Dietary ion content is known to alter the acid-base balance in freshwater fish. The current study investigated the metabolic impact of acid-base disturbances produced by differences in dietary electrolyte balance (DEB) in the meagre (Argyrosomus regius), an euryhaline species. Changes in fish performance, gastric chyme characteristics, pH and ion concentrations in the bloodstream, digestive enzyme activities and metabolic rates were analyzed in meagre fed ad libitum two experimental diets (DEB 200 or DEB 700 mEq/kg) differing in the Na2CO3 content for 69 days. Fish fed the DEB 200 diet had 60–66% better growth performance than the DEB 700 group. Meagre consuming the DEB 200 diet were 90–96% more efficient than fish fed the DEB 700 diet at allocating energy from feed into somatic growth. The pH values in blood were significantly lower in the DEB 700 group 2 h after feeding when compared to DEB 200, indicating that acid-base balance in meagre was affected by electrolyte balance in diet. Osmolality, and Na+ and K+ concentrations in plasma did not vary with the dietary treatment. Gastric chyme in the DEB 700 group had higher pH values, dry matter, protein and energy contents, but lower lipid content than in the DEB 200 group. Twenty-four hours after feeding, amylase activity was higher in the gastrointestinal tract of DEB 700 group when compared to the DEB 200 group. DEB 700 group had lower routine metabolic (RMR) and standard metabolic (SMR) rates, indicating a decrease in maintenance energy expenditure 48 h after feeding the alkaline diet. The current study demonstrates that feeding meagre with an alkaline diet not only causes acid-base imbalance, but also negatively affects digestion and possibly nutrient assimilation, resulting in decreased growth performance. Fil: Magnoni, Leonardo Julián. Consejo Nacional de Investigaciones Científicas y Técnicas. Centro Científico Tecnológico Conicet - La Plata. Instituto de Investigaciones Biotecnológicas. Instituto de Investigaciones Biotecnológicas "Dr. Raúl Alfonsín" (sede Chascomús). Universidad Nacional de San Martín. Instituto de Investigaciones Biotecnológicas. Instituto de Investigaciones Biotecnológicas "Dr. Raúl Alfonsín" (sede Chascomús); Argentina. Terminal de Cruzeiros do Porto de Leixões; Brasil Fil: Salas Leiton, Emilio. Terminal de Cruzeiros do Porto de Leixões; Brasil. IFAPA; España Fil: Peixoto, Maria João. Terminal de Cruzeiros do Porto de Leixões; Brasil. Universidad de Porto; Portugal Fil: Pereira, Luis. Terminal de Cruzeiros do Porto de Leixões; Brasil Fil: Silva Brito, Francisca. Terminal de Cruzeiros do Porto de Leixões; Brasil Fil: Fontinha, Filipa. Terminal de Cruzeiros do Porto de Leixões; Brasil Fil: Gonçalves, José F.M.. Terminal de Cruzeiros do Porto de Leixões; Brasil. Universidad de Porto; Portugal Fil: Wilson, Jonathan M.. Terminal de Cruzeiros do Porto de Leixões; Brasil. Universidad de Porto; Portugal. Wilfrid Laurier University; Canadá Fil: Schrama, Johan W.. University of Agriculture Wageningen; Países Bajos Fil: Ozório, Rodrigo O.A.. Terminal de Cruzeiros do Porto de Leixões; Brasil. Universidad de Porto; Portugal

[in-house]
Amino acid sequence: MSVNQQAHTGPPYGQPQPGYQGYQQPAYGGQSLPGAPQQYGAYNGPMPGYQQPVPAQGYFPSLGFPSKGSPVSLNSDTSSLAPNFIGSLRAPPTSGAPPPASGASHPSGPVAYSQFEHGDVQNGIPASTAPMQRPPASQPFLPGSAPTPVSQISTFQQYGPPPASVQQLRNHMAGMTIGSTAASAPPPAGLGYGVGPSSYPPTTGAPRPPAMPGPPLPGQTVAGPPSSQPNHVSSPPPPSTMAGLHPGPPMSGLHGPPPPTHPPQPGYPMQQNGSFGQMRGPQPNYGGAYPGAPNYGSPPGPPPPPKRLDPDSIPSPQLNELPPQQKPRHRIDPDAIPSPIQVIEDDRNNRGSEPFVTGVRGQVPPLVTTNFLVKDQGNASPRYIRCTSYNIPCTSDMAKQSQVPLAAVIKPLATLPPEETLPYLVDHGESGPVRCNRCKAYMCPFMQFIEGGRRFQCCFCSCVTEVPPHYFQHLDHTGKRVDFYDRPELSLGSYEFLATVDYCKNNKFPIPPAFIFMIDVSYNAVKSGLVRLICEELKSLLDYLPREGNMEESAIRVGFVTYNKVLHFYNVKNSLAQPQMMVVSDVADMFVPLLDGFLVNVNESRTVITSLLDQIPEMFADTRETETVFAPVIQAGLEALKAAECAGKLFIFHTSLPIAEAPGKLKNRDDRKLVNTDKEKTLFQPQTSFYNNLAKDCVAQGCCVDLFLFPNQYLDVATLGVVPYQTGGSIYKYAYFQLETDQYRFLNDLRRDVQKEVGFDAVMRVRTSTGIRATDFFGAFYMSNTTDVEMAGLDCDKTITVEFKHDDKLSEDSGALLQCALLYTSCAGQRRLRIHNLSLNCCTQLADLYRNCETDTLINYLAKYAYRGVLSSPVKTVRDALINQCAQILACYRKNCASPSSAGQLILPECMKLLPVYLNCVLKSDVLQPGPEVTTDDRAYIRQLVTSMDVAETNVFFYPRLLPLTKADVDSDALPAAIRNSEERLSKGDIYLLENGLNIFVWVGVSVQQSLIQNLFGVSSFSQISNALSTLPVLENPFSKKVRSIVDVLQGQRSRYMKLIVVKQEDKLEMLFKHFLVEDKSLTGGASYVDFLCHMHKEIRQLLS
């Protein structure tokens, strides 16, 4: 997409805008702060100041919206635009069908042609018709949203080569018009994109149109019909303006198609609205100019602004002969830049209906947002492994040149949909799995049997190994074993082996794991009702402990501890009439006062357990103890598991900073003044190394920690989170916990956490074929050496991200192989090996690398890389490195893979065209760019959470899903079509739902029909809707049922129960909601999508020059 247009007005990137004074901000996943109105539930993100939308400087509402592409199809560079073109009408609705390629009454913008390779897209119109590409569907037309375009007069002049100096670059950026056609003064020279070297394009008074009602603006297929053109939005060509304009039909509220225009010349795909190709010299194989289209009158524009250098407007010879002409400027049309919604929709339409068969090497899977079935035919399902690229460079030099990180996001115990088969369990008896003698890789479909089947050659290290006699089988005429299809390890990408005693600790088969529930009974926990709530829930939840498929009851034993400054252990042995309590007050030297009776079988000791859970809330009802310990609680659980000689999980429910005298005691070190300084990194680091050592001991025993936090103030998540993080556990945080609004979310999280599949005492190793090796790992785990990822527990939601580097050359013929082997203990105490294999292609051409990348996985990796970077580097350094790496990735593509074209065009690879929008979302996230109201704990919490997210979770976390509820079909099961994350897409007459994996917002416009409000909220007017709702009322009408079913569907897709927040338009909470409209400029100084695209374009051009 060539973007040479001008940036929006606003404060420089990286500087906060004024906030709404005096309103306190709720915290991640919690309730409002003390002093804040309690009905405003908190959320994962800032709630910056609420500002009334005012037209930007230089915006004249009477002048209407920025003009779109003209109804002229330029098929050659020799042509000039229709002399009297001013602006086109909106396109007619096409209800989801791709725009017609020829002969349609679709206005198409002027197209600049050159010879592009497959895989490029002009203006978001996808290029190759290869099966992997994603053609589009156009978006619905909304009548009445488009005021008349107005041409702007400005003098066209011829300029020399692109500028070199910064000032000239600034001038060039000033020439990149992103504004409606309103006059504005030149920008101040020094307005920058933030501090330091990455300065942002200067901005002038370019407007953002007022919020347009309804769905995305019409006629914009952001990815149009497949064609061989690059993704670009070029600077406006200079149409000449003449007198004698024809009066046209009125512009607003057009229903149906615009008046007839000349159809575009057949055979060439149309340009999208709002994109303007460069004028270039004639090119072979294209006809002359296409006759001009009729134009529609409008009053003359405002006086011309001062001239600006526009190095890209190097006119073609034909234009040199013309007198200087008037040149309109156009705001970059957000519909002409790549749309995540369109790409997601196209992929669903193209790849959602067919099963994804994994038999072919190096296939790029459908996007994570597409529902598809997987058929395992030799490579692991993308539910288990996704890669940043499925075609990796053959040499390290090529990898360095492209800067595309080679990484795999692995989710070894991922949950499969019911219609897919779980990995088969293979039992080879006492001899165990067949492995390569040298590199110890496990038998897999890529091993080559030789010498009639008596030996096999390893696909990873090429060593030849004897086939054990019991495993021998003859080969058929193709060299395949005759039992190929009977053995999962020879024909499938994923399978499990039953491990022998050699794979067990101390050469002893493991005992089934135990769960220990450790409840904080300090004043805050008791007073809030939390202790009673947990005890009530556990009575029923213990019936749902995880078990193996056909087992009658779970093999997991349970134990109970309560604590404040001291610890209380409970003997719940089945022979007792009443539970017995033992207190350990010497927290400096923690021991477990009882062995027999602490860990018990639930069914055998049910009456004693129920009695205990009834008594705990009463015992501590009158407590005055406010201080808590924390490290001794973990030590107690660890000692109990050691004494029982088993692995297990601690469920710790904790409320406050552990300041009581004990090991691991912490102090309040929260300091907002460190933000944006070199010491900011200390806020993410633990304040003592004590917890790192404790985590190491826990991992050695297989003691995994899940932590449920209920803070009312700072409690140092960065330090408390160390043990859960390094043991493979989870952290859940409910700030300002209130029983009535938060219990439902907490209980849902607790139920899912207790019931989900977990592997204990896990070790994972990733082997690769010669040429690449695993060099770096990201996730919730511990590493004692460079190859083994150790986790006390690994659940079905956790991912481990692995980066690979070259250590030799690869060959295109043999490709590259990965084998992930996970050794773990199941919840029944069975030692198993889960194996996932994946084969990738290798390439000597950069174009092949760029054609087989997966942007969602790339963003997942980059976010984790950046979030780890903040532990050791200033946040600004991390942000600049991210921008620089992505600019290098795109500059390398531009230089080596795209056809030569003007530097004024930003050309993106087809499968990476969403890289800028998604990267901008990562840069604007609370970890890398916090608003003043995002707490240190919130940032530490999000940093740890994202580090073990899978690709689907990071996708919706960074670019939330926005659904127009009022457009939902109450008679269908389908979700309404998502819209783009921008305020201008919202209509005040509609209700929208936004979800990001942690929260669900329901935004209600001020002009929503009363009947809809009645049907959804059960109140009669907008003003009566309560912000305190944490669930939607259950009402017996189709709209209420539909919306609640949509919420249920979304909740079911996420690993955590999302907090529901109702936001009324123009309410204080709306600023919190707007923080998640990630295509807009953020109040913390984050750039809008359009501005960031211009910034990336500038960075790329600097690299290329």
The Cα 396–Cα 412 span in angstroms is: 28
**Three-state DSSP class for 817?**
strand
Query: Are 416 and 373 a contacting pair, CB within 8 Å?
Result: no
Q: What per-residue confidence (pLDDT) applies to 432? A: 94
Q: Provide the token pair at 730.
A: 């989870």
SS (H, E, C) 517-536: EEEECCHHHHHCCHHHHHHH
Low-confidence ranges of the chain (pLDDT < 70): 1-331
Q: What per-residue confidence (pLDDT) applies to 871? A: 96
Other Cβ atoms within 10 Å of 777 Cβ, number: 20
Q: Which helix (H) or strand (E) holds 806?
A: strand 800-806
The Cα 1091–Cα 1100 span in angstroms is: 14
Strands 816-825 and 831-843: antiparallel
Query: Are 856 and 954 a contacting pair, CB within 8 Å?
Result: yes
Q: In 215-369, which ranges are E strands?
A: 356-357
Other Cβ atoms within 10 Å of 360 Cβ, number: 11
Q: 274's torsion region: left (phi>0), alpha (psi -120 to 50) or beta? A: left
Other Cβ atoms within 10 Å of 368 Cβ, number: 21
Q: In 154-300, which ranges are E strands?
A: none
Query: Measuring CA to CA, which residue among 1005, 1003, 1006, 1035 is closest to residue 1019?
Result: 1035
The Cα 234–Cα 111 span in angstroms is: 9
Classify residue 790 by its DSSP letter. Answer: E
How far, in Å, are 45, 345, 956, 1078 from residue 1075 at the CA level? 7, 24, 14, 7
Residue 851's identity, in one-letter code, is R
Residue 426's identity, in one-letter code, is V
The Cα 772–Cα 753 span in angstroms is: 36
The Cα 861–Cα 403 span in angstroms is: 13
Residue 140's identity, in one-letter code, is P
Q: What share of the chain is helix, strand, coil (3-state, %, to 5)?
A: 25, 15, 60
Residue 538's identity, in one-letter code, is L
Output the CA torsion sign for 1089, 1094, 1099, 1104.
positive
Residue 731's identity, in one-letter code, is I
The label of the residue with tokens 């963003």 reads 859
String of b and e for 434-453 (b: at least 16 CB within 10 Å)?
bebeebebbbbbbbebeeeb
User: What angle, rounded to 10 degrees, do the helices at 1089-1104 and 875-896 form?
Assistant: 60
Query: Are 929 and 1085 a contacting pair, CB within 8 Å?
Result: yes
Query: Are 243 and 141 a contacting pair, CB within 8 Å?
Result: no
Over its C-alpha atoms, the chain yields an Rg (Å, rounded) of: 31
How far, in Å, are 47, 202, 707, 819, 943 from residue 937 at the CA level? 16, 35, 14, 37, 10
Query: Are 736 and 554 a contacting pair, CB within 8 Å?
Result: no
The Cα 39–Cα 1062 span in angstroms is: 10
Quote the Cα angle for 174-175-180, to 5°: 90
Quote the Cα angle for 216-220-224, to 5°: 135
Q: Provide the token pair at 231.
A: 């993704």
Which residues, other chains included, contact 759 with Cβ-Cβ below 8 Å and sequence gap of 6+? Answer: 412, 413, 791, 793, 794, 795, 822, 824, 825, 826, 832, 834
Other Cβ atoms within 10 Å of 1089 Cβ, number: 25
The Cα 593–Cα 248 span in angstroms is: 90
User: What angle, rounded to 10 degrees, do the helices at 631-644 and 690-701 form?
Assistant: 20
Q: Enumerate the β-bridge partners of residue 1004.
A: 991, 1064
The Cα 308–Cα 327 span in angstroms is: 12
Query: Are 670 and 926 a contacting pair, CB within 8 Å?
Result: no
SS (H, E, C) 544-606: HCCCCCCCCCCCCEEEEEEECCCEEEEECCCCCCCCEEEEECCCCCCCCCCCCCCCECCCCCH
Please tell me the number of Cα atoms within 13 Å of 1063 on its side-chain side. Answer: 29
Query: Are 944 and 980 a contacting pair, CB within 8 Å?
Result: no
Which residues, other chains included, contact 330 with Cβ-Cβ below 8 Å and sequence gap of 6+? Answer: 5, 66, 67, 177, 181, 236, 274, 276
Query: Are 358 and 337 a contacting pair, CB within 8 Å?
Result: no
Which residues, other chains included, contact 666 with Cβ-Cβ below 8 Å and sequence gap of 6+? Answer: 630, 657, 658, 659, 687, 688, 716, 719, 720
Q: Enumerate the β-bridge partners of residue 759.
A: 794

• Open Access